Tuesday, February 16, 2016

Deadpool

It really would be too easy to summarize DEADPOOL as essentially an eighth (maybe fifth) grade boy's fantasy buffet of action/violence, profanity, juvenile humor, and occasional nudity, but it would be right on target. And invisible audience, that's precisely what they were going for.  This review will possibly best be absorbed by those unfamiliar with the titular Marvel Comics character, previously seen in a WOLVERINE movie.  But not as the wisecracking fellow he is here.

Like many superheroes, Deadpool has a tragic backstory.  Before he donned the tight suit, Wade Winston Wilson (Ryan Reynolds) was a sarcastic, low rent hitman (prone to wearing T-shirts with Bea Arthur on them), brutally effective but with a heart for the little guy, the underdog.  That heart burns megawatts when he meets Vanessa (Morena Baccarin), an escort in whom he finds a similar sense of humor and general irreverent outlook on life.  Then Wade is diagnosed with cancer.  Should he take that mysterious guy's offer for unorthodox treatment?

He does, and while the cancer is eradicated, he is disfigured from head to toe in the process.  It is during this ordeal that Wade will meet his new nemesis, Francis (Ed Skrein), the Brit villain the clever opening credits of DEADPOOL foretell. The movie jumps around in sequence as Wade (as Deadpool) recounts what lead him to a freeway massacre in which he apprehends, and loses, Francis.  Meanwhile, X-Men Colossus - an earnest, platitude spouting Russian mutant who (at least in this movie) maintains a metallic body, and Negasonic Teenage Warhead (Brianna Hildebrand), a "moody teen" who can turn into a ball of flame (after she finishes tweeting on her smartphone), repeatedly try to recruit Deadpool for their team.

DEADPOOL's plot is strictly by-the-numbers, a plug 'n play that is as familiar as any revenge drama.  The movie knows this.  Director Tim Miller has not fashioned a post modern anti-narrative, quite the opposite.  By employing a typically straight ahead drama, the movie gets to riff on the religiously clutched mythos and structure of the comic book adaptation by creating the cinematic equivalent of a sacred cow being blasted by graffiti.  Holding that can is Reynolds, in a wildly entertaining and hilarious performance. He may take his cues from Jim Carrey and even Don Rickles but has created something entirely his.  His ownership of this role is as dedicated as anything I've seen lately.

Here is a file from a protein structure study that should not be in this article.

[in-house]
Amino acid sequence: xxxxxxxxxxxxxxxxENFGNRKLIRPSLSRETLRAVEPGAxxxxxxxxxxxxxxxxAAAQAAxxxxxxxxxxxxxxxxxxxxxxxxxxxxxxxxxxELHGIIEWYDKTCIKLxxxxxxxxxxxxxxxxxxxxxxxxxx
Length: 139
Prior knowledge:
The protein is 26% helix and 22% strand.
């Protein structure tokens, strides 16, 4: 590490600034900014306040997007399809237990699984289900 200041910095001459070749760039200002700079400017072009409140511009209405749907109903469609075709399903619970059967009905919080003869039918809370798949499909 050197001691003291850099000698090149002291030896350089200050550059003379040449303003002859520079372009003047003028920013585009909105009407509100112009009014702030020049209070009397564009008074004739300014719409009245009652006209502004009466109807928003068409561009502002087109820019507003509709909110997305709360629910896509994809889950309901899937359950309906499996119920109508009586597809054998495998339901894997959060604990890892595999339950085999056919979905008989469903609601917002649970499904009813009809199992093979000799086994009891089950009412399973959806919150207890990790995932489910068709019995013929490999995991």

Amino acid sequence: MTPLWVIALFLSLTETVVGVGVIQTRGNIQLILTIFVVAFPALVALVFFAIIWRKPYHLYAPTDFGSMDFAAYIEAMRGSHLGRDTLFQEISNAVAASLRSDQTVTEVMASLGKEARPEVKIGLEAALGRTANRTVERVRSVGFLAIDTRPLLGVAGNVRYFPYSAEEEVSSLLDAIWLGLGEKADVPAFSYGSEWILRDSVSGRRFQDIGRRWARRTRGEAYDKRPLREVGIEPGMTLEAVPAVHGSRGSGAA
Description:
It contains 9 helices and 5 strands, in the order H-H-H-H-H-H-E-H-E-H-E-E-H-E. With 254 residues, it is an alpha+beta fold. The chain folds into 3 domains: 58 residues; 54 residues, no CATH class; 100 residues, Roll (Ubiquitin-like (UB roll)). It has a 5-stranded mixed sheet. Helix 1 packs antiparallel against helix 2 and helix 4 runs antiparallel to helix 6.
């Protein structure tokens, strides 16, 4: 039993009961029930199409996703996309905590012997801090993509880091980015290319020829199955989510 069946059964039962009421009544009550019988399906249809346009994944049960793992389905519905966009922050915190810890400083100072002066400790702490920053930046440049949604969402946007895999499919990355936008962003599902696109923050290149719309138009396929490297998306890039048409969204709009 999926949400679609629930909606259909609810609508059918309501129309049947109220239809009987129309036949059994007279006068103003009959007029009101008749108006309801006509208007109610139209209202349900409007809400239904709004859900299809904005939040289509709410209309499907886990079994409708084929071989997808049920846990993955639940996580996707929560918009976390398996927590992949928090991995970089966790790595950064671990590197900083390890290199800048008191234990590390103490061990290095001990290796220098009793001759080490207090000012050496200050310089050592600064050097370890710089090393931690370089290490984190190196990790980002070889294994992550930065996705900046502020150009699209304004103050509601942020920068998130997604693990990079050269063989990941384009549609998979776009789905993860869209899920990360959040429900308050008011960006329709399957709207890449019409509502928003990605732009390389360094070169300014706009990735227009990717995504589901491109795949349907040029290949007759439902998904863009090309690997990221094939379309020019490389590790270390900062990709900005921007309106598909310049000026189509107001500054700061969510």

With Rhett Reese and Paul Wernick's screenplay, Reynolds takes snark to higher heights and lower depths than we're used to seeing in a comic book re-imagining. And what you've heard is true:  this is one raunchy flick. The gags range from light innuendo to um, balls-out gross.  There are sexual jokes, pop culture jokes, physical pain jokes.  While adolescent boys will be clamoring to see this film, it is wholly inappropriate for them.  Which of course makes it some sort of holy grail.  In my day, it was much harder to see such content.  Now, some jackass is listing torrent links on Facebook.

Inevitably, those who hold Marvel and D.C. legends dearly will decry DEADPOOL.  They'll count the swear words and lament how the culture continues to head southward.  But no matter what your taste and convictions, you have to find some objectivity and acknowledge that they really got this one right.  Set out to strip the superhero saga of its insufferable piety and self-seriousness and laugh at itself.  Hopefully those who hold their noses can do the same. As Mel Brooks used to say, sometimes you have to "rise below vulgarity."

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